The HP39gII can be used in all exams where a calculator is allowed at GCSE and A Level. However, exam secretaries are sometimes worried that students will have put there own content on the machine and need a quick check that the calculator is exam ready. To do this you need to reset the machine:

  • Turn the calcualtor off.
  • Hold down F1 and F6
  • Turn the calculator on still holding F1 and F6.
  • Release everything when you see the HP logo.
  • You then get a clear visual confirmation that everything has been cleared.

The emulator has very clever features for configuring your best screen composition. On the ‘skins’ menu there are four choices for showing the calculator looking like a calculator. My favourite for a 4:3 projector is ‘Large’. However if you press the maximise button (the middle one of the group of three in the top right hand corner of the window), you get the calculator screen maximised with the buttons placed to the right. this is set up differently for each of the skins. My favourite here for showing the calculator screen as big as possible is the ‘medium’ skin maximised. Download the latest emulator regularly to make sure you are up-to-date, again, it’s here.

Please share activities you’ve done with the HP39gII, so we can build a community of users. Send them to: chris@themathszone.co.uk

Graphing Calculator Workshops

I’ve had a really nice time doing a round of workshops for teachers and for PGCE and GTP students on handheld technology. I’ve always thought that ICT provides opportunities for teachers to invent interesting activities that give students deep insights into how maths works. It is interesting that today, pupil’s in primary schools are no longer to be allowed to be examined in their ability to solve problems with numbers harder than those they could handle by written or mental methods. Calculators are banned. Bizarely, the minister responsible justified this move in terms of the need to be able to handle numbers because maths “influences all spheres of our daily lives”. This maths is routinely done by engineers and scientists who would never stoop to using a calculator or indeed a computer to support their number work. The failure to get the sums right in the recent Virgin trains debacle was presumably caused by over use of calculators, except that the culprits will have been educated in an era when they did have get enough number work. An era that clearly never was.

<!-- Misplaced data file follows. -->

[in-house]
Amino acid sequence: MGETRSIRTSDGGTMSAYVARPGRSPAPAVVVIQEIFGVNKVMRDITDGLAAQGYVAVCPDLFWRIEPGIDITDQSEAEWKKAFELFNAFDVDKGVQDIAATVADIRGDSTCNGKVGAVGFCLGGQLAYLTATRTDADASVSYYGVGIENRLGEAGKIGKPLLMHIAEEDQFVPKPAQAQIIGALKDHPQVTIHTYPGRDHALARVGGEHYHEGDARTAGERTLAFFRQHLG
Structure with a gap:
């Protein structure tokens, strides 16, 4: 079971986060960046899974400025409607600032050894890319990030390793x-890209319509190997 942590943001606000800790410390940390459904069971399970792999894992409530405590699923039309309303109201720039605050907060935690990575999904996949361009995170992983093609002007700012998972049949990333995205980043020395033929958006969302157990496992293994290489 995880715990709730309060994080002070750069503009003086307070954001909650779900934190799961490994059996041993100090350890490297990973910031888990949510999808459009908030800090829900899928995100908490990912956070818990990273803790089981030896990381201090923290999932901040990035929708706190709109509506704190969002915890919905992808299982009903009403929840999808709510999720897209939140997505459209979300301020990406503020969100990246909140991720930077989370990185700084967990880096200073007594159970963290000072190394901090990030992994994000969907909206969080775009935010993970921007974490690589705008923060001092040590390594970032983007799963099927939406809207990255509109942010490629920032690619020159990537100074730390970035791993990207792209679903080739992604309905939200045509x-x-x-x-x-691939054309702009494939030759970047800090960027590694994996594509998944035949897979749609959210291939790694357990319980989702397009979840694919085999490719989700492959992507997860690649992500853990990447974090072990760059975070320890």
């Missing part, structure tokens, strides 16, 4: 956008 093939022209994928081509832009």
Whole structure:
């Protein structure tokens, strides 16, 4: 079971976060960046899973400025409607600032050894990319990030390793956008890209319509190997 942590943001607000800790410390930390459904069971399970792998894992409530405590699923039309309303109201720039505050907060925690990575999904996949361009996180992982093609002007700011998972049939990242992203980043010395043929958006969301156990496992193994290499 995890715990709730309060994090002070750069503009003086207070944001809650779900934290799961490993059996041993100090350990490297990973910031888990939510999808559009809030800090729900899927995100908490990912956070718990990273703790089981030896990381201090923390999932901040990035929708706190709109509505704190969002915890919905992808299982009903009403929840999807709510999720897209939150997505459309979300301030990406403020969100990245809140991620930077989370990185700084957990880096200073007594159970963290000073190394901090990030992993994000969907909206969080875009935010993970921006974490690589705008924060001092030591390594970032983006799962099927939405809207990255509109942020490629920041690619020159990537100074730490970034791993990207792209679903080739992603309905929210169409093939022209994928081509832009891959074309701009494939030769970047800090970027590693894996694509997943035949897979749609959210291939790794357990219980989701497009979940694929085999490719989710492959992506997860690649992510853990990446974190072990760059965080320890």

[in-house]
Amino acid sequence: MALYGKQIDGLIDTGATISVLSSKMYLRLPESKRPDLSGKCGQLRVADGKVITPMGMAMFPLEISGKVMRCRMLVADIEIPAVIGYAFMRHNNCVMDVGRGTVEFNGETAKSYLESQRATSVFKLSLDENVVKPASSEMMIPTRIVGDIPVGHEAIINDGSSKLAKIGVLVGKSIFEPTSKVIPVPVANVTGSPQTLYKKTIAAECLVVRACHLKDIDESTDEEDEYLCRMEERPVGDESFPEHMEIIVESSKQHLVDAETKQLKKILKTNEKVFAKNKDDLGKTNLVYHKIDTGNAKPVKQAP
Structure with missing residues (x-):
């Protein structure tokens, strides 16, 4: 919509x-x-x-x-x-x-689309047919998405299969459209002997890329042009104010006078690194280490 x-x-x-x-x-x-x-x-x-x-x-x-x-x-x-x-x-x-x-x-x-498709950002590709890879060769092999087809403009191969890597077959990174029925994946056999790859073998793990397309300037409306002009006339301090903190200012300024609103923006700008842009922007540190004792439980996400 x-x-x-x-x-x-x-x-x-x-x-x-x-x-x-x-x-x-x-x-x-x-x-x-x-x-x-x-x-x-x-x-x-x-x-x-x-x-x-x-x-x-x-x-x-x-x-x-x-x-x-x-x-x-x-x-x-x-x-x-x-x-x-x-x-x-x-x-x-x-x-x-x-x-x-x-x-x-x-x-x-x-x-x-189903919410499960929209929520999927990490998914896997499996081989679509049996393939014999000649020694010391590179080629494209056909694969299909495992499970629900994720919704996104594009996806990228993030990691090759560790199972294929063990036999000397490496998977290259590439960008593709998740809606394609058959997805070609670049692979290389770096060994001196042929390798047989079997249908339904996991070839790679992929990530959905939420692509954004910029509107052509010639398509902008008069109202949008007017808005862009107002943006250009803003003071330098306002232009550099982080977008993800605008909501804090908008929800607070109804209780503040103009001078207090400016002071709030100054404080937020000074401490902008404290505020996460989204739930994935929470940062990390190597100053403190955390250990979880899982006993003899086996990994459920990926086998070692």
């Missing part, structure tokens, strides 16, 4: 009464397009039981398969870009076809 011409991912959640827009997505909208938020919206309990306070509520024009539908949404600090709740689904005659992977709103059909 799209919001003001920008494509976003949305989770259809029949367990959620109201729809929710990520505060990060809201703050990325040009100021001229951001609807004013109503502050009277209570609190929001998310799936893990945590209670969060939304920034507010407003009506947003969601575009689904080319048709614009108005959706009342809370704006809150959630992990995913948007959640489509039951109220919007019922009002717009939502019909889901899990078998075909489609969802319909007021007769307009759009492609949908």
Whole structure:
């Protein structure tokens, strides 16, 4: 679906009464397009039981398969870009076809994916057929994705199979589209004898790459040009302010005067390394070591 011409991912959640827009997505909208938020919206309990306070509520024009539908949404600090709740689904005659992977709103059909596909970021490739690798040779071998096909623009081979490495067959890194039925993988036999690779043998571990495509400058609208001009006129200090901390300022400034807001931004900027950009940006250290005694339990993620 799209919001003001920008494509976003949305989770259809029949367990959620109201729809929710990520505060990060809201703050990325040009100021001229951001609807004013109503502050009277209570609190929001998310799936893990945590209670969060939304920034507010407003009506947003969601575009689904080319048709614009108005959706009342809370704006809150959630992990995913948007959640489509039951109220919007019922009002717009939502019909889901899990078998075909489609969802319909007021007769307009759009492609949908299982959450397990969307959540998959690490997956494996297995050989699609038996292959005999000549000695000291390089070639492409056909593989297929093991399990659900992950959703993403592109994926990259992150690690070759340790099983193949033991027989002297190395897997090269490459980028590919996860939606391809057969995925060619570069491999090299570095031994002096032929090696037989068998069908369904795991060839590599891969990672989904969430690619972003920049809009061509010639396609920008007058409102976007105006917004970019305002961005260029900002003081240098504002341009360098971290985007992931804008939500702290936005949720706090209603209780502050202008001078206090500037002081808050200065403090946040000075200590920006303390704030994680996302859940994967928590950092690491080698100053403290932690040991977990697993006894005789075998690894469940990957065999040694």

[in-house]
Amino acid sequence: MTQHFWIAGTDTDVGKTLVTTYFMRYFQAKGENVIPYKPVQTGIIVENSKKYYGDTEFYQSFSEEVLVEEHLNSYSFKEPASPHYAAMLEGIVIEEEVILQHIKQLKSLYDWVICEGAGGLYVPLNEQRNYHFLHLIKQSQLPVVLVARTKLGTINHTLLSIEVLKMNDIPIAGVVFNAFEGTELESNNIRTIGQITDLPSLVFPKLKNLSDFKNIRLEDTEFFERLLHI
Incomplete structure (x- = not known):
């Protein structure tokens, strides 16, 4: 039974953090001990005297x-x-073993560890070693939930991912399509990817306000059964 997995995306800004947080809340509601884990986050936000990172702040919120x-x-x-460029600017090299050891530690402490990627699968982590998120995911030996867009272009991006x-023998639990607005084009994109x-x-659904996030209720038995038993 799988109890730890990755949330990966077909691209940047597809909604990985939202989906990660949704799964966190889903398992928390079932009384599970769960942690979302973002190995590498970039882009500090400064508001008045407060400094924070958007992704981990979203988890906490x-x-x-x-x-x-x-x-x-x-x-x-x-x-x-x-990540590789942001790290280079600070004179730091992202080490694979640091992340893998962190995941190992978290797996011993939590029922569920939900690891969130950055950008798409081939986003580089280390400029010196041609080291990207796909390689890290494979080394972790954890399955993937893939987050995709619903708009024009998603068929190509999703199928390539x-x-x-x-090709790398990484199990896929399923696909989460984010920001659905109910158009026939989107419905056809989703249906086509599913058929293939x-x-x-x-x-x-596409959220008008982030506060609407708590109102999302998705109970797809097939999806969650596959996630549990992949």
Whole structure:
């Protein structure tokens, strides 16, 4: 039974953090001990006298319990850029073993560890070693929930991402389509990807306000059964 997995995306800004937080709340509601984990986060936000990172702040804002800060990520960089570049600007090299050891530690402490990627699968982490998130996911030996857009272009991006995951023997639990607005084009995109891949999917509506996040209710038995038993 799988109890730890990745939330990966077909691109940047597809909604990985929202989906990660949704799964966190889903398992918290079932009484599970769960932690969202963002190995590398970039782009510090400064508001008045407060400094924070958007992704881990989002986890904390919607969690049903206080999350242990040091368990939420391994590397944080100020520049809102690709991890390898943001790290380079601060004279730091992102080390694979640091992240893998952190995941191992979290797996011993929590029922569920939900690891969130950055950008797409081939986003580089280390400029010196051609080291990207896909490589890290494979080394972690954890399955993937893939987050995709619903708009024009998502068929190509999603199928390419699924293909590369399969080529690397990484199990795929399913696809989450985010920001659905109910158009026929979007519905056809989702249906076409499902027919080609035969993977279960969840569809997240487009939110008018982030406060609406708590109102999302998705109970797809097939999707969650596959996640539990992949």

I start with the neat teacherly trick of playing ‘guess the function‘ here the participants see a calculators giving values of f(x) for their values of x, letting them choose to get a feeling for the variation. I only show them a graph, when they have already formed a reasonable view, then watching as they focus on the details. The first thing is to realise that experienced teachers and well qualified trainees struggle to see a quadratic just form a small table of values. No doubt because the drill and practice pedagogy the present government is so enamored with means many will have only ever encountered a quadratic already knowing that was what the five points they were given to plot would show. But it is good to get a feeling for things and they see this. So, playing the game on the handheld with their partners strengthens the insights and makes them more flexible.

It turns out that lots of schools are buying sets of iPads, demonstration that there is plenty of money around. But the maths software available for iPads isn’t a patch on any graphing calculator and the storage, security and battery issues for anything you have to recharge means they will be no more reliable than laptops. In one group of 25 trainee teachers after about 4 weeks in schools only one had seen any handheld machines possible to use in ordinary classrooms. That was a school where every student carried a laptop with them at all times. It only came out later that in all this time they had not been used even one single time in maths lessons. A set of 15 HP39gIIs stored in a bag in the maths office with a few spare batteries and you just pick them up on your way in to class. I make the case that it is the teacher who prevents the use of technology. That is a bit harsh. Mostly it’s the technology. So use something which is no more expensive than a couple of textbooks and is almost certain to work.

Then we get back to seeing the resources we have as sites to conjour up really clever ways in to mathematical ideas. That’s what makes our job fun. Look at bag of dice, counters, centicubes and we should always be saying, OK what could I do with those that encapsulates a mathematical idea. A graphing calculator is just the same, it’s something we can use to give students deeper insights. It is in fact a calculator, and the scientists and engineers of the future should certainly learn to use it to support their number work, their algebra, whatever, so they can focus their brain power on being brilliant with the science and the engineering. But also it’s a pedagogic device. A clever piece of kit for clever teachers to do what is most creative about our jobs. Something that supports kids doing clever thinking.